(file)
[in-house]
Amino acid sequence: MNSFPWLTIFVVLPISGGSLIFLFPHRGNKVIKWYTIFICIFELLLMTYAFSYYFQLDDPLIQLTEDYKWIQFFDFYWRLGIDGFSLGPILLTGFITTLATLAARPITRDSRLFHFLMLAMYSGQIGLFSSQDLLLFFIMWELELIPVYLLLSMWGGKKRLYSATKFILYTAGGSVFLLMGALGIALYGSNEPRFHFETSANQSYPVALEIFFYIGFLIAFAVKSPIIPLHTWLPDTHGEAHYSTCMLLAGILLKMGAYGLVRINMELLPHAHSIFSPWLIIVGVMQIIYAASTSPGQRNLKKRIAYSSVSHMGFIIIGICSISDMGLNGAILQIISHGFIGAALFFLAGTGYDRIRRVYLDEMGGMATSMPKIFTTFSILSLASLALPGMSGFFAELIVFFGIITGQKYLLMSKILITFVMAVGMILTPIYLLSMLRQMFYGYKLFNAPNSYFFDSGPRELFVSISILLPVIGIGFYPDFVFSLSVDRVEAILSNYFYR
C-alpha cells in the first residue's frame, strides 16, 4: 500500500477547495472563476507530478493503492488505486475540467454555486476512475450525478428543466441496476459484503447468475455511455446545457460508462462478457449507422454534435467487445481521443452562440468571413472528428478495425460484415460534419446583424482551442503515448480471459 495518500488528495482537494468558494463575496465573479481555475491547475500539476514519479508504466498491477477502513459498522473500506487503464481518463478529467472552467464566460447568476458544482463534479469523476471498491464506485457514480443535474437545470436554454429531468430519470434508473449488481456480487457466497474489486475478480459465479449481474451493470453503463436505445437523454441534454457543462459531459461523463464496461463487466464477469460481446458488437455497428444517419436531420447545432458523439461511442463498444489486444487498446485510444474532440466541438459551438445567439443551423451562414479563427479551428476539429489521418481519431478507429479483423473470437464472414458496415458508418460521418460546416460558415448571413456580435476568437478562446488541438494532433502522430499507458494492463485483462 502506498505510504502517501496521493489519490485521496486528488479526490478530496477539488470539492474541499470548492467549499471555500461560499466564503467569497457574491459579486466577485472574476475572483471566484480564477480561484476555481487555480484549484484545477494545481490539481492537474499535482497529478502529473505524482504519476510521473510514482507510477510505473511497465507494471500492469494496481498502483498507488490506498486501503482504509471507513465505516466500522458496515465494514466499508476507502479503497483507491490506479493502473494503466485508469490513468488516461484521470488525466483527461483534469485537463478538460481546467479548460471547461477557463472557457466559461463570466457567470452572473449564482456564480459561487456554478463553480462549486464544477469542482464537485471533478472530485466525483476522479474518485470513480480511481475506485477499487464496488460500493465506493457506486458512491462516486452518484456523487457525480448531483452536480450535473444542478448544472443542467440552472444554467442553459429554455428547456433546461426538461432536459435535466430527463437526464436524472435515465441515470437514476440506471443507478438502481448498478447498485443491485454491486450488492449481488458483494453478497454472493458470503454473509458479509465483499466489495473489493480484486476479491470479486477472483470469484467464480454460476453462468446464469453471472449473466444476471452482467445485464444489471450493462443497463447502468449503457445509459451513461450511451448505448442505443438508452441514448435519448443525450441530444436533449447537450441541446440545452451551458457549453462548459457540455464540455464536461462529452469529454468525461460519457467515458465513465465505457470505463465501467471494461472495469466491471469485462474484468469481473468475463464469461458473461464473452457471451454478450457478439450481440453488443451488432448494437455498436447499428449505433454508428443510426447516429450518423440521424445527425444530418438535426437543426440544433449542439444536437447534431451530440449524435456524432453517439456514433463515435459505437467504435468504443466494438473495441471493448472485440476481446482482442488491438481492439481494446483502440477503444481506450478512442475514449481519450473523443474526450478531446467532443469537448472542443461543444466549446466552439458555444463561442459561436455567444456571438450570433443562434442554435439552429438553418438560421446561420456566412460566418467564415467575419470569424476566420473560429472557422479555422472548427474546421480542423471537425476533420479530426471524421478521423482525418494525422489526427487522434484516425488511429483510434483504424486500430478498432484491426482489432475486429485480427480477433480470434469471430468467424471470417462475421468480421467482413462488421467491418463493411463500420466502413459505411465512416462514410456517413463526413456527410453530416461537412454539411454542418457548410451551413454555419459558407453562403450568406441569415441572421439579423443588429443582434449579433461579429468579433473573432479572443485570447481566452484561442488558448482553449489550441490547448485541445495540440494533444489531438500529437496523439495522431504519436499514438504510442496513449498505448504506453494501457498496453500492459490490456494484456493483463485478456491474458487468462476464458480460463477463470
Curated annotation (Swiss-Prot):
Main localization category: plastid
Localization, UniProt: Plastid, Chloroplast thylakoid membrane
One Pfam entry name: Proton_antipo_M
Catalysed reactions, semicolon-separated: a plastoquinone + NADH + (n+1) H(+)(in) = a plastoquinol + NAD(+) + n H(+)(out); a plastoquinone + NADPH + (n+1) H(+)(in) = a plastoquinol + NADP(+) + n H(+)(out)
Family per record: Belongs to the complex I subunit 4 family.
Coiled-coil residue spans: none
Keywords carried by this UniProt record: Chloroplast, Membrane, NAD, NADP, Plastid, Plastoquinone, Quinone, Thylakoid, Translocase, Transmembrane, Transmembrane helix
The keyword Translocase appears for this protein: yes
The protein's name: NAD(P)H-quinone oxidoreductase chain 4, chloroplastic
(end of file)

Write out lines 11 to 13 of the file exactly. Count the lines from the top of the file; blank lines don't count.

Keywords carried by this UniProt record: Chloroplast, Membrane, NAD, NADP, Plastid, Plastoquinone, Quinone, Thylakoid, Translocase, Transmembrane, Transmembrane helix
The keyword Translocase appears for this protein: yes
The protein's name: NAD(P)H-quinone oxidoreductase chain 4, chloroplastic